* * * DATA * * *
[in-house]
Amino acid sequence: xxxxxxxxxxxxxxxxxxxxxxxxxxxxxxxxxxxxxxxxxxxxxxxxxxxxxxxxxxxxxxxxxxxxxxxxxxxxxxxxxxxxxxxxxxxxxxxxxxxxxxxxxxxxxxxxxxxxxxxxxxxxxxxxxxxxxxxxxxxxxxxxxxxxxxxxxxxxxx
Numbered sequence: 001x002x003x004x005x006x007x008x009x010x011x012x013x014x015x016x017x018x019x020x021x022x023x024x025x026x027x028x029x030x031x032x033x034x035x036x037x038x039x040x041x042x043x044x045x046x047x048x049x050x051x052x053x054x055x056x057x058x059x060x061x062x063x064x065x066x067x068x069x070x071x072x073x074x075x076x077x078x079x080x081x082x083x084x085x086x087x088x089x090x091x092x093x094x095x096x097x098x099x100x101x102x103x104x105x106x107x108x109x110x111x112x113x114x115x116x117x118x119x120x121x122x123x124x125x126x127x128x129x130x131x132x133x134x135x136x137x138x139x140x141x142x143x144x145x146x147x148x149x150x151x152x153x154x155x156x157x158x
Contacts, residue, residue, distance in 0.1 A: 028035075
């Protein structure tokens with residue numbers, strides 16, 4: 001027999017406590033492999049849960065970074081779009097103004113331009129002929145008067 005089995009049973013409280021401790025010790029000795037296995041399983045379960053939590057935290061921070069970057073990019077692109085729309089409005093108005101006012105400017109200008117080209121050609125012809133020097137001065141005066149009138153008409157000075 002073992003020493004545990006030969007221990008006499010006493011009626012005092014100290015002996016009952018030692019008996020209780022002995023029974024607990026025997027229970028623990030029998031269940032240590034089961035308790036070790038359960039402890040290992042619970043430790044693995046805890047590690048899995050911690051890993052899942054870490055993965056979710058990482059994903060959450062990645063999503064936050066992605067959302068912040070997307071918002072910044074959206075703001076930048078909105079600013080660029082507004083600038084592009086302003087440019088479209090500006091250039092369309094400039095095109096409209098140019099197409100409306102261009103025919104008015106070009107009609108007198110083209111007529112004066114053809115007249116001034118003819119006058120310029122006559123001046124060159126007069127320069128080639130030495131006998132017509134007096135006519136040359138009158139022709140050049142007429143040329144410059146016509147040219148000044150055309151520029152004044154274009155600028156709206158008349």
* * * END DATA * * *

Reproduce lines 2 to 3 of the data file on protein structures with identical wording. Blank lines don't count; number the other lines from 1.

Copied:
Amino acid sequence: xxxxxxxxxxxxxxxxxxxxxxxxxxxxxxxxxxxxxxxxxxxxxxxxxxxxxxxxxxxxxxxxxxxxxxxxxxxxxxxxxxxxxxxxxxxxxxxxxxxxxxxxxxxxxxxxxxxxxxxxxxxxxxxxxxxxxxxxxxxxxxxxxxxxxxxxxxxxxx
Numbered sequence: 001x002x003x004x005x006x007x008x009x010x011x012x013x014x015x016x017x018x019x020x021x022x023x024x025x026x027x028x029x030x031x032x033x034x035x036x037x038x039x040x041x042x043x044x045x046x047x048x049x050x051x052x053x054x055x056x057x058x059x060x061x062x063x064x065x066x067x068x069x070x071x072x073x074x075x076x077x078x079x080x081x082x083x084x085x086x087x088x089x090x091x092x093x094x095x096x097x098x099x100x101x102x103x104x105x106x107x108x109x110x111x112x113x114x115x116x117x118x119x120x121x122x123x124x125x126x127x128x129x130x131x132x133x134x135x136x137x138x139x140x141x142x143x144x145x146x147x148x149x150x151x152x153x154x155x156x157x158x